since it explicitly defines an agreement between the delegator and
   delegee as to the expected size required for correct operation.
   Since allowances are provided at the root level as well (ignoring
   unlimited allowances) there exists an upper bound on the total number
   of cells that consensus nodes should expect to be required to
   maintain.  Importantly, the ability to unlimit the table size (as
   well as further delegations) increases the risk of misuse but
   provides significant flexibility for well-known systems like DNS and
   IP allocation.  This can be mitigated by assigning unlimited
   allowances only to well-known entities where real-world
   accountability limits the urge to misbehave.  Consensus nodes are
   also encouraged to rate-limit excessive "SetOperation"s from clients
   to further limit this issue.

5.2.  Consensus node compromise

   We rely on the safety properties of the underlying consensus layer to
   provide a consistent view of the delegated mapping tables.  This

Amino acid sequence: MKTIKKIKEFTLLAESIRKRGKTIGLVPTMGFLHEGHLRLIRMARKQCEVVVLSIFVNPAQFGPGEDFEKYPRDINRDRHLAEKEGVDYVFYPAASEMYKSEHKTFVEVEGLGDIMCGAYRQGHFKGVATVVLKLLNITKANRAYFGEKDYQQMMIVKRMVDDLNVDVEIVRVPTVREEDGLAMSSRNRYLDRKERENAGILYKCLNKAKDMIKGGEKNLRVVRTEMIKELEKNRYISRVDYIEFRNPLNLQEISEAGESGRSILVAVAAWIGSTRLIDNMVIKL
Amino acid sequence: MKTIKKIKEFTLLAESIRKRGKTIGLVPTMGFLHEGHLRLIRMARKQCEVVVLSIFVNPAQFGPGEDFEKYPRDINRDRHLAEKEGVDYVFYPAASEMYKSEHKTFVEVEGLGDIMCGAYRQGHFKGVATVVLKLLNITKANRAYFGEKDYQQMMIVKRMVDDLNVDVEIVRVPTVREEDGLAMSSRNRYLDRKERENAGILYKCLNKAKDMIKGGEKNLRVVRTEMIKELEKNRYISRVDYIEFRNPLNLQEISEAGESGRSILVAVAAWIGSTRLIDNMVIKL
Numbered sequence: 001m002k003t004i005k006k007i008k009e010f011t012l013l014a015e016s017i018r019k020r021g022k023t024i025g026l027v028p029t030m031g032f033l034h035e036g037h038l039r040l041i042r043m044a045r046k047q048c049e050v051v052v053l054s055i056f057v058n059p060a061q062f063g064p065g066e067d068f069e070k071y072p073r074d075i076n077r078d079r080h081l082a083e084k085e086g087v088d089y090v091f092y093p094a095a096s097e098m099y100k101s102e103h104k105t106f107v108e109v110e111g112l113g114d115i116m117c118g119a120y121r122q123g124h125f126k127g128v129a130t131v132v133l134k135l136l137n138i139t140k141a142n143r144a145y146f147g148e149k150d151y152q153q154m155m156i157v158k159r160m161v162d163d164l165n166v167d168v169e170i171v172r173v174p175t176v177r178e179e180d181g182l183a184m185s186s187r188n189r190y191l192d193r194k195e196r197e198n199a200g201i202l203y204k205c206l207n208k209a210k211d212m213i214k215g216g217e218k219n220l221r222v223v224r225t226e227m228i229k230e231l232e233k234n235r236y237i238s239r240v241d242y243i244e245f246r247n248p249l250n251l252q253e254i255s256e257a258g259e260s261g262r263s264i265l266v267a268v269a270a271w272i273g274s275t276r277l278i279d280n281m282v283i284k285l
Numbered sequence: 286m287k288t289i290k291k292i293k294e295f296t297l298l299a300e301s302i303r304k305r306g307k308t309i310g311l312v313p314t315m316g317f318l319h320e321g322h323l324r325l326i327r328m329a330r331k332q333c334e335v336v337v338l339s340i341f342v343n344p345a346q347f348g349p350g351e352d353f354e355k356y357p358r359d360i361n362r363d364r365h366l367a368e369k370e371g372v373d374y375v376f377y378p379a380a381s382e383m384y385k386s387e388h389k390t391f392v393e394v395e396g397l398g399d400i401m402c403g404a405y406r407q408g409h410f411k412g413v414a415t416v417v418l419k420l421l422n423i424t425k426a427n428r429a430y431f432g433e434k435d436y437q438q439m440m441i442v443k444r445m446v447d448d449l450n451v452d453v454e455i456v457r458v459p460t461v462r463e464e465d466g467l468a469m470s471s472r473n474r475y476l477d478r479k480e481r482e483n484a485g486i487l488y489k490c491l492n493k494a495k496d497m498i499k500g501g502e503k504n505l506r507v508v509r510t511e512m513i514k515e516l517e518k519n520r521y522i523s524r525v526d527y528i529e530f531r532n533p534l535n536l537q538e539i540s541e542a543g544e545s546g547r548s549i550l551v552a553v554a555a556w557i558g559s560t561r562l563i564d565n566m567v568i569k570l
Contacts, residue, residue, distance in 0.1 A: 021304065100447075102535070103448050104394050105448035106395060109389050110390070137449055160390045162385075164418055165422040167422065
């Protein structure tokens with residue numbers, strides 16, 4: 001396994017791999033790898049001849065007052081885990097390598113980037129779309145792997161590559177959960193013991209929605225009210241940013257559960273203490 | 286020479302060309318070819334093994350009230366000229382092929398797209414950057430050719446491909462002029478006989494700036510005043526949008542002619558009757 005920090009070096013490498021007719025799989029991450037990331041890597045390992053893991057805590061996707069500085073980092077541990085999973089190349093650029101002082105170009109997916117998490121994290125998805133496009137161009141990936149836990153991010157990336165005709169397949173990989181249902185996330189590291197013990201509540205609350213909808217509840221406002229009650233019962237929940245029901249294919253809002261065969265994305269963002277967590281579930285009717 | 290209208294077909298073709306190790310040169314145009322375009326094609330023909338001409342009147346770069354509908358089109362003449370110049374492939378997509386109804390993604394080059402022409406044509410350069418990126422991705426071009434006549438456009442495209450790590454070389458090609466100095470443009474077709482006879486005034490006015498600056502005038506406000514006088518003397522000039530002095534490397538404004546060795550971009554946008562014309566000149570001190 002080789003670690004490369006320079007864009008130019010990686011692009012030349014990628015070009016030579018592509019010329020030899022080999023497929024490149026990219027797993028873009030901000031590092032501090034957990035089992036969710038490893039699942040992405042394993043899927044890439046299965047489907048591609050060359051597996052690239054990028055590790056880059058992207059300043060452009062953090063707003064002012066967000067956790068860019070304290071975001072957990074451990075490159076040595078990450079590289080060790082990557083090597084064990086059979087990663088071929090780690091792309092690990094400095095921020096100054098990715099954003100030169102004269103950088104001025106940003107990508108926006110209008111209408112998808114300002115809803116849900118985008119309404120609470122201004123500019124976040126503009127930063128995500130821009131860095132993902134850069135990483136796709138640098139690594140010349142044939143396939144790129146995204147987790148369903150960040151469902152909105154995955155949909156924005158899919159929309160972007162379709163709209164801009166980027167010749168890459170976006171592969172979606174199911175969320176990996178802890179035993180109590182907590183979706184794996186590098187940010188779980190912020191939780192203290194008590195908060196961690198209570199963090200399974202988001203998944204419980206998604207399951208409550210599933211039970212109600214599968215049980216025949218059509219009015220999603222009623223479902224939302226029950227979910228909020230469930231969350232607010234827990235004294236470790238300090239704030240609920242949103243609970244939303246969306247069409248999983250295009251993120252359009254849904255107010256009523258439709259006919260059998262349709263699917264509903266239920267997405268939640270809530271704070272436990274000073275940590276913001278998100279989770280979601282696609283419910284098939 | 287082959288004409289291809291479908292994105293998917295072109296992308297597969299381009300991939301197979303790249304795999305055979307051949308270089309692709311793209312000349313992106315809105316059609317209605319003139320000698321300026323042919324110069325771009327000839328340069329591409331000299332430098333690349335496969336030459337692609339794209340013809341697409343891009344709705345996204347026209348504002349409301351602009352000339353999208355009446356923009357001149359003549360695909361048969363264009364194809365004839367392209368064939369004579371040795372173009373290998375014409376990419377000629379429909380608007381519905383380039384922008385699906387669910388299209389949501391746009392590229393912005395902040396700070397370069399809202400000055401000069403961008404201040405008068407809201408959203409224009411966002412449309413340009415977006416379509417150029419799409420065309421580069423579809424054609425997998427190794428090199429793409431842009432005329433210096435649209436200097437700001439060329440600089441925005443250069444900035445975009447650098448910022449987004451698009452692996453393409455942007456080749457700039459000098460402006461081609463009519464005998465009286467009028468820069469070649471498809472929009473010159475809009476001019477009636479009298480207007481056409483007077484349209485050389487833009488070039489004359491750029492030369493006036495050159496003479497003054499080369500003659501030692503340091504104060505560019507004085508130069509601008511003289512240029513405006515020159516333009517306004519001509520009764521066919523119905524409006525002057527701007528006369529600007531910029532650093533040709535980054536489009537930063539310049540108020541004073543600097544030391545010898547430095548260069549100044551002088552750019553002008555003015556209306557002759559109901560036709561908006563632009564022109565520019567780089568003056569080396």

ensures that no honest node will serve mappings to clients that have
   not succeeded at reaching consensus.  There is nothing directly
   preventing compromised consensus nodes from maliciously serving
   entries (e.g. incorrect DNS zone records) to clients as they see fit,
   _however_, they must also provide an inclusion proof and expose their
   Merkle root hash.  As noted previously, clients and other auditing
   parties may compare roots and discover misbehavior.  The proof
   associated with a query is unequivocal proof that is sufficient to
   ignore the compromised node in further consensus rounds.  Past
   individual compromise, the exact point at which a network of
   consensus nodes can completely violate safety varies from protocol to
   protocol (majority hashing power attack in Bitcoin, no quorum